Thursday, June 05, 2008

Fogland Fartlek

In my younger days (warning: old geezer reminiscence coming up) when I was more serious about running as a sport, I used to do something called interval training. Basically this means running fast for a while and then slower for a while and then repeating until you collapse in a puddle of sweat. The running books are full of detailed instructions for intervals that read something like "run 6x800m at 3:30 pace with 400m recovery at 2:00 pace followed by 4x400m at 1:40 pace with 400m recovery at 2:10 pace....and so on and so on." It all has the impression of being very carefully and scientifically worked out to optimize your training success. Incredibly earnest, not to say obsessive.

Then there was something called fartlek which is a form of interval training for folk who are a bit more casual or perhaps just numerically challenged. It has the same mix of faster and easier running intervals but you can be more flexible about the length and spacing of the intervals. Maybe you just say you are going to run at a faster pace to the next tree and then jog slowly for a while. Then run to the next corner and walk until you reach the lake. No need for a measured track or a stopwatch or a 500 page training manual.

For those of you in the back row snickering at that word "fartlek", it's Swedish and means speed play. Fart=speed. Lek=play. Now stop snickering.

I've never heard of anyone using fartlek in sailing but then I don't get out much these days. Last Friday I launched my Laser off Fogland Beach on a gorgeous afternoon for sailing with just enough wind to demand full-on hiking upwind but not so much that the waves were actually hitting me in the face. Perfect. So I decided to see if a version of fartlek would work for building hiking stamina and endurance.

You see, I take it as an article of faith that the reason that all the fit young guys beat me upwind in a blow is that they can hike harder and longer than I do. The harder you hike the faster you go. The fitter you are, the harder and longer you can hike. Must be true. So if I want to go faster I need to be younger and fitter. Well, fitter anyway.

So on Friday I invented a sort of hiking fartlek. I hiked as hard as I could while I counted up to 50, and then shifted gears to slightly less intense hiking while I counted up to 50 again. (If there were trees and corners in the middle of the Sakonnet River I could have used them as landmarks to break up my hiking fartlek as you do in running fartlek. But there aren't any. So I counted.)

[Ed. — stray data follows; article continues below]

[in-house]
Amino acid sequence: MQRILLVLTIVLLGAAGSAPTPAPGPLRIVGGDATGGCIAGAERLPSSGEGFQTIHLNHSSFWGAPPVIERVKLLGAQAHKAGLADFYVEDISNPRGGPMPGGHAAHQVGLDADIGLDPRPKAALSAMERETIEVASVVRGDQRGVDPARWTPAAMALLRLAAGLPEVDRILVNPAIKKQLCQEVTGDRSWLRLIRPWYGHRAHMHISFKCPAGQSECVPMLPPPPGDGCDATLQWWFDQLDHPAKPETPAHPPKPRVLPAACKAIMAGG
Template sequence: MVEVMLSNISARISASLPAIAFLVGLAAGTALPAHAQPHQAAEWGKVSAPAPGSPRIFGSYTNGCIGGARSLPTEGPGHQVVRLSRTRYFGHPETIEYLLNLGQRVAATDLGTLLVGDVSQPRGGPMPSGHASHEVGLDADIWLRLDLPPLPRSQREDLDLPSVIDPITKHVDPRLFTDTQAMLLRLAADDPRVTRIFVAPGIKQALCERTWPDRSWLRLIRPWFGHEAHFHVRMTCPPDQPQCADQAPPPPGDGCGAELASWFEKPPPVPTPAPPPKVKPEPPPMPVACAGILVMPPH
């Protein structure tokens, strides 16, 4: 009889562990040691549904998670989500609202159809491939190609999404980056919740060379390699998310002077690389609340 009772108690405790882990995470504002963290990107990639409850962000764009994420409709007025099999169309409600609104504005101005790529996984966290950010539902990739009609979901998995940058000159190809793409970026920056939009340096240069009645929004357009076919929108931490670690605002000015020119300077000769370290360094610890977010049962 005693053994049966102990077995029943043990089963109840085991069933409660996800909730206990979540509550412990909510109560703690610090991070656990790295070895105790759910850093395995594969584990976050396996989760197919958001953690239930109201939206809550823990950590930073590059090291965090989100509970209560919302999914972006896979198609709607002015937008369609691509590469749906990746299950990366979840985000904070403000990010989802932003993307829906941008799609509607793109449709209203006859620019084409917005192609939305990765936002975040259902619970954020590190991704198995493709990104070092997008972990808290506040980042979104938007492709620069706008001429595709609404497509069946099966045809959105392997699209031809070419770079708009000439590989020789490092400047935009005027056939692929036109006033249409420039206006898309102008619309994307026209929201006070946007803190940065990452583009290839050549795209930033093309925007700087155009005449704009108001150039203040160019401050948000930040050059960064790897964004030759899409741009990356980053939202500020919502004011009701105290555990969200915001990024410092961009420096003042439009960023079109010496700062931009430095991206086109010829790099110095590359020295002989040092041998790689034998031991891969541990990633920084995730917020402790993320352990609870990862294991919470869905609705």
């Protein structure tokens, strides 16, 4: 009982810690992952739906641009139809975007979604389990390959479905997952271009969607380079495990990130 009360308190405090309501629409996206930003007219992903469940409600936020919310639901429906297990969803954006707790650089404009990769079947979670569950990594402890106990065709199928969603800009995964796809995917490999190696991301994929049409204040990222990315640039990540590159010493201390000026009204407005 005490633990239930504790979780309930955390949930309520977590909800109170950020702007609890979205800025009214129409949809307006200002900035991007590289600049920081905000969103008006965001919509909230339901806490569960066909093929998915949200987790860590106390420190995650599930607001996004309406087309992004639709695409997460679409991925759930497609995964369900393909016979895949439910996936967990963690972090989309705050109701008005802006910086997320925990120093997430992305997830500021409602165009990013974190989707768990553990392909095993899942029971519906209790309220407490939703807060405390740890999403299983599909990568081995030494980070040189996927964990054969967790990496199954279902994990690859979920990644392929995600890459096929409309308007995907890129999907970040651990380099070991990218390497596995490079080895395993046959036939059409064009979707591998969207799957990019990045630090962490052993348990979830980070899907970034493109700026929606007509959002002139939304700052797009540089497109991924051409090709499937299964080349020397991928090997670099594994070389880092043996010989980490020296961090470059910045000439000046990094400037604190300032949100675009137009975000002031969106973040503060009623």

And then I repeated while I counted up to 60, 70, 80, 90.... until I reached the point where I had reached my maximum time for flat-out full-on hiking also known as onset of the quads saying, "Hey dude, enough is enough. Who do you think you are, Paige Railey?" So then I carried on with the exercise but counting down and doing progressively shorter intervals.

It's amazing how such a simple act as concentrating on counting makes the time go quickly. A bit like counting sheep to help you go to sleep I suppose. So after half an hour or so of upwind I went downwind for a spell, way past my starting point and then started fartlek hiking again. This time the quads insisted on some shorter intervals so it was count up to 30, tack, count up to 30, tack, and so on and so on until I was back at the beach.

Well, wasn't that incredibly anal-retentive of me?


David said...

Reminds me of early morning group blind fartleks many years ago (stop snickering). Before heading out in the morning each of the varsity squad would pick a number from a hat. Number one would throw down the first lift whenever he felt like it and run as fast and far as he liked and the rest of the group would have to keep up! When he backed off, number two, unknown to the others who that was, would be in charge. If you really wanted to hurt your buddies, you'd blast out front as soon as the guy before you backed off. ouch. I'm glad Paige wasn't there.

Carol Anne said...

Once upon a time, I took swimming training with a guy who had made the Olympic tryouts. His version of fartlek was individualized. First, we all took our resting pulses. Then, we swam as hard as we could until we couldn't any more. Then, we watched the second-hand of a clock until our pulses were 50% above resting. Then, we swam that same amount of time as hard as we could. And so forth.

Since there aren't any trees in a swimming pool, just the same as there aren't any trees in a lake or river, the timing until the pulse went down is what we had. My biggest problem was that, as I am severely nearsighted, and I didn't have my glasses on while I was in the pool, I couldn't really see the clock. I kind of had to guess how long my next wind sprint was supposed to be.

I'm not sure how you could translate this to sailing ... it's probably hard to measure your pulse while you're also holding on to the tiller. And you don't even have a clock to look at, even if you'd be able to see it.

PeconicPuffin said...

We're not supposed to snicker at Fartlek? May I suggest that you get your Beavis on!

Actually I do fartleks myself.

Were there any windsurfers at Fogland? I've windsurfed there with a local chap named Caldwell.

(Does "chap" decontaminate me from the Beavis invocation?)

Tillerman said...

Yes, Puffin, now that the water is a bit warmer than it was in April I'm starting to make some sightings of windsurfers at Fogland. Usually there's one "chap" who seems pretty good sailing on the windy southern side (with me) and one or two who look more like novices sailing in the more sheltered bay on the north side.

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